This is an archival story that predates current editorial management.
This archival content was written, edited, and published prior to LAist's acquisition by its current owner, Southern California Public Radio ("SCPR"). Content, such as language choice and subject matter, in archival articles therefore may not align with SCPR's current editorial standards. To learn more about those standards and why we make this distinction, please click here.
Author Admits South Central Memoir is Fabrication
A 33-year-old white woman from Sherman Oaks, now living in Eugene, Oregon, has made national headlines today as news comes that her memoir was largely fabricated. Last week, Margaret Seltzer who goes by the pen name Margaret B. Jones was featured in the New York Times' Home & Garden section in a fascinating story about her book, "Love and Consequences." One LAist reader explains her fascination about it in an e-mail:
I read the home section article twice, because it was just so bizarre and weird and compelling -- she said she was still a blood, she didn't know what "Big Mom" (so called foster grandmother) would think if she knew she might make a cookbook of her recipes, and her daughter was so cute!
Now, outed by her sister after the article came out, Jones has admitted that her memoir "about growing up among gangbangers in South Los Angeles has admitted it was a work of fiction."
The author, "Margaret B. Jones," is actually Margaret Seltzer. Instead of being a half-white, half-Native American who grew up in a foster home and once sold drugs for the Bloods street gang, she is a white woman who was raised with her biological family in Sherman Oaks and graduated from Campbell Hall, an exclusive private school in the San Fernando Valley, the Los Angeles Times reported. Seltzer's admission that her persona was made up came in a tearful-toned mea culpa to the New York Times, which last week published a profile of Seltzer using her pseudonym. It was accompanied by a photograph of the 33-year-old and her 8-year-old daughter in Eugene, Ore., where they now live. [NBC4]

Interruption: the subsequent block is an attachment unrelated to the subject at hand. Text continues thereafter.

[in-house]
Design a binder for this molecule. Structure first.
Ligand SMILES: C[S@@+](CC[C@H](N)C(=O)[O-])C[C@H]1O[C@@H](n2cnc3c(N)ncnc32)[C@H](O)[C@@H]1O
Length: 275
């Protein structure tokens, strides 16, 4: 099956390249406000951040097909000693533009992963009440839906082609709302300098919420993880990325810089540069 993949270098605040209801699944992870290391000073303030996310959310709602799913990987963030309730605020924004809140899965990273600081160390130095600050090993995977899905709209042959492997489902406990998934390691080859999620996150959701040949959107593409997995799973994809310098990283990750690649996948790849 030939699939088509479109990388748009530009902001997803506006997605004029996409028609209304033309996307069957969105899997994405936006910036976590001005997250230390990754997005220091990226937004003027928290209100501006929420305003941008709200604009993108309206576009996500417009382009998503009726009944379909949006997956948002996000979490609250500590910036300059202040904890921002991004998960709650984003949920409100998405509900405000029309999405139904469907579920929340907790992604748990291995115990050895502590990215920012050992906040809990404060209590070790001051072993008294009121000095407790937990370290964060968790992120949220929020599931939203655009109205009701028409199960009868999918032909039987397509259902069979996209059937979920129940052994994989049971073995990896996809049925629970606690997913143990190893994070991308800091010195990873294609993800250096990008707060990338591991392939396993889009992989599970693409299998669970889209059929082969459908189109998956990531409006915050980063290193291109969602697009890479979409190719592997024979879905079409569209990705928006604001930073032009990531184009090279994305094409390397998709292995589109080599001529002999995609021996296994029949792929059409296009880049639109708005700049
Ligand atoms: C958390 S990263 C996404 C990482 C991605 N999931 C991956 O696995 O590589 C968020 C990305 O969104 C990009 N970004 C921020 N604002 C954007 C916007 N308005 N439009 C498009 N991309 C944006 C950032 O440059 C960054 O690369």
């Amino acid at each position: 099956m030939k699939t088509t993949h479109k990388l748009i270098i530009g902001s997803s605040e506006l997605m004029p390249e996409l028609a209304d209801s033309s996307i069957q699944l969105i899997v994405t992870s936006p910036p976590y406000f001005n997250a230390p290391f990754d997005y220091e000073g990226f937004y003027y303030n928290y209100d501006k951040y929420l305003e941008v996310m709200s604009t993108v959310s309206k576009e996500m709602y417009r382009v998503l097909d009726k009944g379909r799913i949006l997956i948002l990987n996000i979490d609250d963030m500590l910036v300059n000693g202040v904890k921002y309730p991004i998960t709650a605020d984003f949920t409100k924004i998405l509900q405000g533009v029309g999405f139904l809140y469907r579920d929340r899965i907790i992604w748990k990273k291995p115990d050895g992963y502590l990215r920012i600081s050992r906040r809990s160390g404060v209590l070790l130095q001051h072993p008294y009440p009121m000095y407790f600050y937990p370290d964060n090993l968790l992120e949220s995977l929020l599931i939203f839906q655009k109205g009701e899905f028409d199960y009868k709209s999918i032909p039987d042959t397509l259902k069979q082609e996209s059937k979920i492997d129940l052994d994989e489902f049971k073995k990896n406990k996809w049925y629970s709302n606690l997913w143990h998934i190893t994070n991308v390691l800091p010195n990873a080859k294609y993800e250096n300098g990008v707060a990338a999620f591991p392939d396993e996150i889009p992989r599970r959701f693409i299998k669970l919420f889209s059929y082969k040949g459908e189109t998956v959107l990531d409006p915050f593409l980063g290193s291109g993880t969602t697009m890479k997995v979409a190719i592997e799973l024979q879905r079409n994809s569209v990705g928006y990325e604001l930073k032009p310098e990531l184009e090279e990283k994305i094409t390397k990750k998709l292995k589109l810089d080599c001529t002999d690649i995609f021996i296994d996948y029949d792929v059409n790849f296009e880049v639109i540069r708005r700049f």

To all this, local blogger Andrew at Here in Van Nuys says the tour has only begun: "No doubt, this incident will earn her great respect in Hollywood and open a future of lucrative job offers pouring in from Malibu and Beverly Hills....."
Learn more about where the author grew up in our Neighborhood Project featuring Sherman Oaks.
Book cover image from "Love and Consequences." Carrie Meathrell contributed to this story
Cruise off the highway and hit locally-known spots for some tasty bites.
Fentanyl and other drugs fuel record deaths among people experiencing homelessness in L.A. County. From 2019 to 2021, deaths jumped 70% to more than 2,200 in a single year.
This fungi isn’t a “fun guy.” Here’s what to do if you spot or suspect mold in your home.
Donald Trump was a fading TV presence when the WGA strike put a dent in network schedules.
Edward Bronstein died in March 2020 while officers were forcibly taking a blood sample after his detention.
A hike can be a beautiful backdrop as you build your connection with someone.